While a home wireless network was once a luxury, these days it has become an essential technology for most modern homeowners or apartment dwellers. The challenge has become to have a strong signal to the router throughout the residence, which can support high bandwidth activities, such as streaming HD video and gaming.
While many current routers transmit a good signal, Wi-Fi was designed to be an unlicensed, low power system, and easily degrades as the distance from the router increases, and with objects in the way. Additionally, the newer 5.8 GHz frequency, does not propagate as well as the older 2.4 GHz frequency due to differences in wavelength penetration.
Finally, working against the network is interference from a variety of sources including microwave ovens, cordless phones, and most commonly, nearby Wi-Fi networks. Yes, your neighbor s wireless networks are often competing and interfering with your network. In a busy high rise residential building, users can detect literally dozens of networks traversing their apartment, making it difficult to find a free channel to have a device connected to the router.
Given this myriad of challenges, it is nothing short of amazing that Wi-Fi works at all. With the goal of having a good signal everywhere at the house, in some cases the signal put out from the router does not reach out fully across the property. With additional challenges of having wireless internet access in areas further from the router, such as by a pool or shed in the backyard, this becomes too tall of an order for even the best placed, and most robust router with multiple antennas.
Enter the Repeater
A solution advocated by the networking gear manufacturers is known as a repeater. This is a device that is designed to act as an intermediary between the router and the device that needs a signal (known more properly as a client). The idea is that the router sends out the signal, the repeater then retransmits it, and the client receives the repeated signal that remains strong. When it is time for the client to transmit data back to the router, the process is reversed, with the repeater acting as the Go between.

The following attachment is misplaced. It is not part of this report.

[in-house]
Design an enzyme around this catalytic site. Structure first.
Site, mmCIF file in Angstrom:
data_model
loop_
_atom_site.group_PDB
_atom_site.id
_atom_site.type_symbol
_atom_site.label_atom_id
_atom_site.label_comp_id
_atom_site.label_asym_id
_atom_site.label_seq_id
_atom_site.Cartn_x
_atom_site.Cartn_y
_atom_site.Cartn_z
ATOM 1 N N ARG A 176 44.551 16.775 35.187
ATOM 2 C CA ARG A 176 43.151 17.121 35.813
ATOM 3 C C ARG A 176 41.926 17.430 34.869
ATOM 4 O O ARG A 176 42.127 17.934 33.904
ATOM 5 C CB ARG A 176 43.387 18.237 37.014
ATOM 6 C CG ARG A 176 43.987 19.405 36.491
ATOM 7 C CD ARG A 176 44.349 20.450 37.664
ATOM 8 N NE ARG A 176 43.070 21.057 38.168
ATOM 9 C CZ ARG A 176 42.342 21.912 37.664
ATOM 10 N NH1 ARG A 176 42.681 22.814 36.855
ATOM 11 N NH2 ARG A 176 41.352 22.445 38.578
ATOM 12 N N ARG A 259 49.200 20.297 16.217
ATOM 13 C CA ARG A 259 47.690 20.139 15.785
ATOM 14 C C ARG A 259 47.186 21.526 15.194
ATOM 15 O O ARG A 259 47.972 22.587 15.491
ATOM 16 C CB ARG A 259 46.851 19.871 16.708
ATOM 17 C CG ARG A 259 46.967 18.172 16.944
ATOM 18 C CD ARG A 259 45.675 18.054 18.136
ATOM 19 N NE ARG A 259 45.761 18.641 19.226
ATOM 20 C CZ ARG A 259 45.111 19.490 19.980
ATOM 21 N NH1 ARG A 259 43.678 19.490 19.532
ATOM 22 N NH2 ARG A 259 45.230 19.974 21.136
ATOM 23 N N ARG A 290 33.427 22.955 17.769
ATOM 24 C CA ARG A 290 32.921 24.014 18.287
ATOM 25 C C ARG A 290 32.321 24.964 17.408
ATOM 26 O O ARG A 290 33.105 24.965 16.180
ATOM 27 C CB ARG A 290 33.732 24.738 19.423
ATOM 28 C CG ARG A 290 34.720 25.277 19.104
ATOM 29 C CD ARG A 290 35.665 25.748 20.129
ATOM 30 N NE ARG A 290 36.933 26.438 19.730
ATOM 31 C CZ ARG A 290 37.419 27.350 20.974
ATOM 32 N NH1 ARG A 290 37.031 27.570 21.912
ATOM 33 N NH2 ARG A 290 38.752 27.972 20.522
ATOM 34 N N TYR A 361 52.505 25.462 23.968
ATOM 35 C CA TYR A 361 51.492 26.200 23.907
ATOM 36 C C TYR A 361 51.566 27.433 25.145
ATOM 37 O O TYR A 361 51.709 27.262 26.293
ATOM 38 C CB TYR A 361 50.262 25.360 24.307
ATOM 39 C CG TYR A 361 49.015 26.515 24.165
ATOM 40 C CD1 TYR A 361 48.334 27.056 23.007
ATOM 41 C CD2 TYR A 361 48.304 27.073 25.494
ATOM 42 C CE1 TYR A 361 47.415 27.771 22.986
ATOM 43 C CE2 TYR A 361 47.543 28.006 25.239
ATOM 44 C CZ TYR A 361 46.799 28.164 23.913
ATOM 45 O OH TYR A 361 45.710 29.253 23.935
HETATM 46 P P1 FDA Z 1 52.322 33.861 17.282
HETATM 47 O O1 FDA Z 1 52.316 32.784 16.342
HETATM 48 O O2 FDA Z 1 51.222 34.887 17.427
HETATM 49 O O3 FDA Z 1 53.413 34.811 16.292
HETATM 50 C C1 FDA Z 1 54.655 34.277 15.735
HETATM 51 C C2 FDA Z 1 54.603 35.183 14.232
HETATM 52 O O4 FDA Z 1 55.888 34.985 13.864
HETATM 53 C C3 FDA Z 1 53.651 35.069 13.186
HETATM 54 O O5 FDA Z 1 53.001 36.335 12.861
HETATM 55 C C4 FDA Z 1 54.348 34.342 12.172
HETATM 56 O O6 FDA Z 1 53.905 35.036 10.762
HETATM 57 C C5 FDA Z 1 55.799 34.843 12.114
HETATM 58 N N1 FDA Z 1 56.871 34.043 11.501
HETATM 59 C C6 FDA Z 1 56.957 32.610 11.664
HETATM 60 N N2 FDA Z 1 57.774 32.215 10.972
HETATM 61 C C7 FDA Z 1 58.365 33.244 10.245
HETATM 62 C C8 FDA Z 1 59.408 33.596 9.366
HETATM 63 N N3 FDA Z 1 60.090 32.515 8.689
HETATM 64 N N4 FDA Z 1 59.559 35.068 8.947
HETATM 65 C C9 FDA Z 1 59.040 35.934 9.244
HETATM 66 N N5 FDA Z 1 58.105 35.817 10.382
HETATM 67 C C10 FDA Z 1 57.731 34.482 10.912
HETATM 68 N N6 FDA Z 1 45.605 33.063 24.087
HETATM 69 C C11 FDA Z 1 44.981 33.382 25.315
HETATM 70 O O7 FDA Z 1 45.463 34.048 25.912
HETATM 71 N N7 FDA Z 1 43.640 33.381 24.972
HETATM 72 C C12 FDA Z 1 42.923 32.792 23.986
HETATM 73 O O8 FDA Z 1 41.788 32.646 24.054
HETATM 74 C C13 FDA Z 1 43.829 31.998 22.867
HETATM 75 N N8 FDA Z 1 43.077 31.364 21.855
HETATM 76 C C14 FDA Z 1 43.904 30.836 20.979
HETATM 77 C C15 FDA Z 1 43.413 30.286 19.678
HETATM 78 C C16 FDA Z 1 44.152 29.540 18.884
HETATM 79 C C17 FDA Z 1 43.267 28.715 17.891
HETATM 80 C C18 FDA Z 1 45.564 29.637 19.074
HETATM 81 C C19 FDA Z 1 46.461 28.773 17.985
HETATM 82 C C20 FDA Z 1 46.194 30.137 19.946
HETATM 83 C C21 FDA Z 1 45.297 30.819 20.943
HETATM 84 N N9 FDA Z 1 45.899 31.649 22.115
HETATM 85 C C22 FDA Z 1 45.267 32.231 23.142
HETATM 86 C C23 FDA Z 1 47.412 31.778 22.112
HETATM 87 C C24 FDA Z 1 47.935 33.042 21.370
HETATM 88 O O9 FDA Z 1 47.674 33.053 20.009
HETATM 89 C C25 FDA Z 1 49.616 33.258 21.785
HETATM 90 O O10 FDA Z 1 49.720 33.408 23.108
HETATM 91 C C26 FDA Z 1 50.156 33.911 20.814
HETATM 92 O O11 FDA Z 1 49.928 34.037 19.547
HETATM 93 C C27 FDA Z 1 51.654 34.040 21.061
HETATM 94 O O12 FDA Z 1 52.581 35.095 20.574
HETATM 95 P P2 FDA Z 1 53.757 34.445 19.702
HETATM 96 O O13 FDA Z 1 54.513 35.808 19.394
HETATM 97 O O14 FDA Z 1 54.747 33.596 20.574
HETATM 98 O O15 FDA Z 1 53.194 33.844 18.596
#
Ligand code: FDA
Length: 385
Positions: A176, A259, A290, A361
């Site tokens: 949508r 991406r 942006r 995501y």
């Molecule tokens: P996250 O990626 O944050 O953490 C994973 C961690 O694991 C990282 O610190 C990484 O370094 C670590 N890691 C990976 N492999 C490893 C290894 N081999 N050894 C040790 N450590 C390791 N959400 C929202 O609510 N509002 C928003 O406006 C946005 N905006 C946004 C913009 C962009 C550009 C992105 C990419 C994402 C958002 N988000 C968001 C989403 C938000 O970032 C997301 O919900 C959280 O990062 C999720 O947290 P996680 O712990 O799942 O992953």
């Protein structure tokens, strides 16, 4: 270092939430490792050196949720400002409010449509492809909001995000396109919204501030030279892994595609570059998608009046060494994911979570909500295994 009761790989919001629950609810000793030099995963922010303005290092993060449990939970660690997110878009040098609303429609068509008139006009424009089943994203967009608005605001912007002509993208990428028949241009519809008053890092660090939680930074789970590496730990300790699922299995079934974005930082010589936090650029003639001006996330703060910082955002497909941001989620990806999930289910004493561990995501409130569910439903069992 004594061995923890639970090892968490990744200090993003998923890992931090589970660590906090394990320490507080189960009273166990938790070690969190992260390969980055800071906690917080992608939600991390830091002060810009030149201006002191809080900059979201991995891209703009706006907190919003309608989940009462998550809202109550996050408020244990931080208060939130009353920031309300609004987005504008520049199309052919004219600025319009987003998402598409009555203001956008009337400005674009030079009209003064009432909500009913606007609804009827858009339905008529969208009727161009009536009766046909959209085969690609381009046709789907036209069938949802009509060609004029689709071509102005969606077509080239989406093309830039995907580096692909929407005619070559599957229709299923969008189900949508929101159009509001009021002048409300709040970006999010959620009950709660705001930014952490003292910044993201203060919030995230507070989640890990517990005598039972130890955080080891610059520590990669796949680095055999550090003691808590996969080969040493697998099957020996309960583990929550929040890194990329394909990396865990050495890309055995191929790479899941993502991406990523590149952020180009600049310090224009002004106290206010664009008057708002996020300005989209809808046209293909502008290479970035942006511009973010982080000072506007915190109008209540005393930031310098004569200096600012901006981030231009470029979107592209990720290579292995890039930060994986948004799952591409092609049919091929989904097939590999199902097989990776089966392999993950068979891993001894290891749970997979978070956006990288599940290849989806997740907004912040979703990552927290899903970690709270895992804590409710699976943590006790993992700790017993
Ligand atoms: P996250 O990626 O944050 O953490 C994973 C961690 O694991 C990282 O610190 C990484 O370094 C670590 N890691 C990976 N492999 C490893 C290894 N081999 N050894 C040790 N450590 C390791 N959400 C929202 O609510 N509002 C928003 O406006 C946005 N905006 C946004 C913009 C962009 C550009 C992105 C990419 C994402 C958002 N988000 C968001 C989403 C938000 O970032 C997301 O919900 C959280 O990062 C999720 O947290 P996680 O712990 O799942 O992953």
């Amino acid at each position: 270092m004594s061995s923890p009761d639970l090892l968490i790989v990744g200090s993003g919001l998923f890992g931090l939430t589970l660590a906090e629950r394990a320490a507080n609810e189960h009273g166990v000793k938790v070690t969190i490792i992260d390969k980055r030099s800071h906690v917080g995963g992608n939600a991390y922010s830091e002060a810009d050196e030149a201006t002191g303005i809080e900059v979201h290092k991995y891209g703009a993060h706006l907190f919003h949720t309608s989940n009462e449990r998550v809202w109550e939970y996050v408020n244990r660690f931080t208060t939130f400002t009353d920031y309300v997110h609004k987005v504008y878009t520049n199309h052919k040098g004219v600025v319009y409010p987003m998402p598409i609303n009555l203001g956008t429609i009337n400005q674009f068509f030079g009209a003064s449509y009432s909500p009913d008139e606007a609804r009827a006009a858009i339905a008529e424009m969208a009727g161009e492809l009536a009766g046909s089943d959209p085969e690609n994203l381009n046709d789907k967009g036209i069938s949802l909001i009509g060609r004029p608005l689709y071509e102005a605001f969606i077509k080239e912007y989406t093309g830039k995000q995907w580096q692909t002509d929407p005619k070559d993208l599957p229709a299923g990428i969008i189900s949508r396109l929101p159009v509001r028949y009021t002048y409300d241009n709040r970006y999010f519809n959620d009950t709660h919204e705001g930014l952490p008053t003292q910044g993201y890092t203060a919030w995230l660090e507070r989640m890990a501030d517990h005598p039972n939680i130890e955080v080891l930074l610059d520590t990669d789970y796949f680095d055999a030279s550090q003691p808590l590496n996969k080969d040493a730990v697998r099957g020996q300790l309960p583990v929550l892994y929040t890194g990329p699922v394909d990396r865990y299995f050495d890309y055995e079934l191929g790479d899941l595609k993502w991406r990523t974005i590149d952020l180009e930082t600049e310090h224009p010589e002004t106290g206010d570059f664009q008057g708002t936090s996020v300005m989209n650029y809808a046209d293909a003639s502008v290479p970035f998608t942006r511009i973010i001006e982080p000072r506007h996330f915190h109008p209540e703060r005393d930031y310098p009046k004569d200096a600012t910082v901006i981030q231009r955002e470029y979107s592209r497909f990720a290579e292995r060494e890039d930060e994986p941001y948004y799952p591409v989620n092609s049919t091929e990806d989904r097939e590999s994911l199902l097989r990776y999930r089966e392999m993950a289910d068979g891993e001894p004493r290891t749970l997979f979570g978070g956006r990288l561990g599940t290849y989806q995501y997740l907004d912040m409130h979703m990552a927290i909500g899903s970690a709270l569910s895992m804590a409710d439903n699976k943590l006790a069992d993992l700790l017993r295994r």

There are two types of repeaters. The first is a dedicated hardware repeater that only can perform this one function. The other is that some routers can be configured via their settings to function as a repeater. In general, a dedicated repeater is preferred, and is also more compact as most of them are designed to fit into a power outlet, taking up little more space than a night light.
At first glance, a repeater might seem like a good approach to the problem of a fading signal from the router. However, this solution for a better signal is fraught with several downsides.
The first downside is that a repeater needs to both send and receive the data. This translates to the bandwidth effectively being cut in half. For example, if the repeater supports a data rate of 300 Mbps, then the download is limited to 150 Mbps, and the upload is 150 Mbps. Realize that these are theoretical maximum numbers, and in actual use, the rates will be even lower. And let s face it- no one really wants to take such a big hit to their bandwidth just to get a signal!